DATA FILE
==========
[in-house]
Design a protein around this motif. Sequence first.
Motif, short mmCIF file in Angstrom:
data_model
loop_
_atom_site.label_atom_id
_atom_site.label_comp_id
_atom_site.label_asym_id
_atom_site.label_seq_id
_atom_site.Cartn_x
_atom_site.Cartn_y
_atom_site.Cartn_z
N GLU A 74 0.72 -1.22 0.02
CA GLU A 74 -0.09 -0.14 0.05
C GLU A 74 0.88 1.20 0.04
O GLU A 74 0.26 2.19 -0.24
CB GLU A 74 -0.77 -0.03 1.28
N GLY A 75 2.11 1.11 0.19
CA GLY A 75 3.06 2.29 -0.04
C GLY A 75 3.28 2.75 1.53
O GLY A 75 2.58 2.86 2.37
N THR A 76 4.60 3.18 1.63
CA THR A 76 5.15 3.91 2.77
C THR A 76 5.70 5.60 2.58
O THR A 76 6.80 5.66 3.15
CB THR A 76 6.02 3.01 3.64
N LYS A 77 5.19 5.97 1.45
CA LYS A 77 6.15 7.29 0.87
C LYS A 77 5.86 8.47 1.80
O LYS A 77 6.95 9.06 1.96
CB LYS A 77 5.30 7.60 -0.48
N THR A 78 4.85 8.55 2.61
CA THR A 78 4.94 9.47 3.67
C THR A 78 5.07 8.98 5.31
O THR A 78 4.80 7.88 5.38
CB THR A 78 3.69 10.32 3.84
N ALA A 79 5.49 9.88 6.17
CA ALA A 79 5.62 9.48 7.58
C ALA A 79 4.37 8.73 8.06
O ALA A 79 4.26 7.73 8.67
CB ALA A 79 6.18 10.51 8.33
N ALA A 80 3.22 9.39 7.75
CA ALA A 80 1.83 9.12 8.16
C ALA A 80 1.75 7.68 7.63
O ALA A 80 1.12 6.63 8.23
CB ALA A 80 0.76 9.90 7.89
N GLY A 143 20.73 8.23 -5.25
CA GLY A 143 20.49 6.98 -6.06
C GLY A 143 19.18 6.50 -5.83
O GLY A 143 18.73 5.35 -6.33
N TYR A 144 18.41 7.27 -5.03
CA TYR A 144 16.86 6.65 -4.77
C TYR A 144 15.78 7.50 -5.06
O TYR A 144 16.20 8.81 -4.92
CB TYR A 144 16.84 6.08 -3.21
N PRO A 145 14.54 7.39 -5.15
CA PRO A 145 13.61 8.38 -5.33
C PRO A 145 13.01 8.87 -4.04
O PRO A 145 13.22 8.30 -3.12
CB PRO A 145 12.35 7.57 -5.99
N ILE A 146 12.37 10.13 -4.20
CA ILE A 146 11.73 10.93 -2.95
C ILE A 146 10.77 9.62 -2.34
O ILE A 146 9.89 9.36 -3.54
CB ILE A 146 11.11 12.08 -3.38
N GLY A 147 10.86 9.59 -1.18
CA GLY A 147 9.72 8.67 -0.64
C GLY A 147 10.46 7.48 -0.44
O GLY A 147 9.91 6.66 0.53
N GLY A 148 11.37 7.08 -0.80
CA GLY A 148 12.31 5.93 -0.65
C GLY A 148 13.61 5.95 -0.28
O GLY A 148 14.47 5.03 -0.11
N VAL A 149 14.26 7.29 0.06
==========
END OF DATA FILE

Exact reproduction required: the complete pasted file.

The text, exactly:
[in-house]
Design a protein around this motif. Sequence first.
Motif, short mmCIF file in Angstrom:
data_model
loop_
_atom_site.label_atom_id
_atom_site.label_comp_id
_atom_site.label_asym_id
_atom_site.label_seq_id
_atom_site.Cartn_x
_atom_site.Cartn_y
_atom_site.Cartn_z
N GLU A 74 0.72 -1.22 0.02
CA GLU A 74 -0.09 -0.14 0.05
C GLU A 74 0.88 1.20 0.04
O GLU A 74 0.26 2.19 -0.24
CB GLU A 74 -0.77 -0.03 1.28
N GLY A 75 2.11 1.11 0.19
CA GLY A 75 3.06 2.29 -0.04
C GLY A 75 3.28 2.75 1.53
O GLY A 75 2.58 2.86 2.37
N THR A 76 4.60 3.18 1.63
CA THR A 76 5.15 3.91 2.77
C THR A 76 5.70 5.60 2.58
O THR A 76 6.80 5.66 3.15
CB THR A 76 6.02 3.01 3.64
N LYS A 77 5.19 5.97 1.45
CA LYS A 77 6.15 7.29 0.87
C LYS A 77 5.86 8.47 1.80
O LYS A 77 6.95 9.06 1.96
CB LYS A 77 5.30 7.60 -0.48
N THR A 78 4.85 8.55 2.61
CA THR A 78 4.94 9.47 3.67
C THR A 78 5.07 8.98 5.31
O THR A 78 4.80 7.88 5.38
CB THR A 78 3.69 10.32 3.84
N ALA A 79 5.49 9.88 6.17
CA ALA A 79 5.62 9.48 7.58
C ALA A 79 4.37 8.73 8.06
O ALA A 79 4.26 7.73 8.67
CB ALA A 79 6.18 10.51 8.33
N ALA A 80 3.22 9.39 7.75
CA ALA A 80 1.83 9.12 8.16
C ALA A 80 1.75 7.68 7.63
O ALA A 80 1.12 6.63 8.23
CB ALA A 80 0.76 9.90 7.89
N GLY A 143 20.73 8.23 -5.25
CA GLY A 143 20.49 6.98 -6.06
C GLY A 143 19.18 6.50 -5.83
O GLY A 143 18.73 5.35 -6.33
N TYR A 144 18.41 7.27 -5.03
CA TYR A 144 16.86 6.65 -4.77
C TYR A 144 15.78 7.50 -5.06
O TYR A 144 16.20 8.81 -4.92
CB TYR A 144 16.84 6.08 -3.21
N PRO A 145 14.54 7.39 -5.15
CA PRO A 145 13.61 8.38 -5.33
C PRO A 145 13.01 8.87 -4.04
O PRO A 145 13.22 8.30 -3.12
CB PRO A 145 12.35 7.57 -5.99
N ILE A 146 12.37 10.13 -4.20
CA ILE A 146 11.73 10.93 -2.95
C ILE A 146 10.77 9.62 -2.34
O ILE A 146 9.89 9.36 -3.54
CB ILE A 146 11.11 12.08 -3.38
N GLY A 147 10.86 9.59 -1.18
CA GLY A 147 9.72 8.67 -0.64
C GLY A 147 10.46 7.48 -0.44
O GLY A 147 9.91 6.66 0.53
N GLY A 148 11.37 7.08 -0.80
CA GLY A 148 12.31 5.93 -0.65
C GLY A 148 13.61 5.95 -0.28
O GLY A 148 14.47 5.03 -0.11
N VAL A 149 14.26 7.29 0.06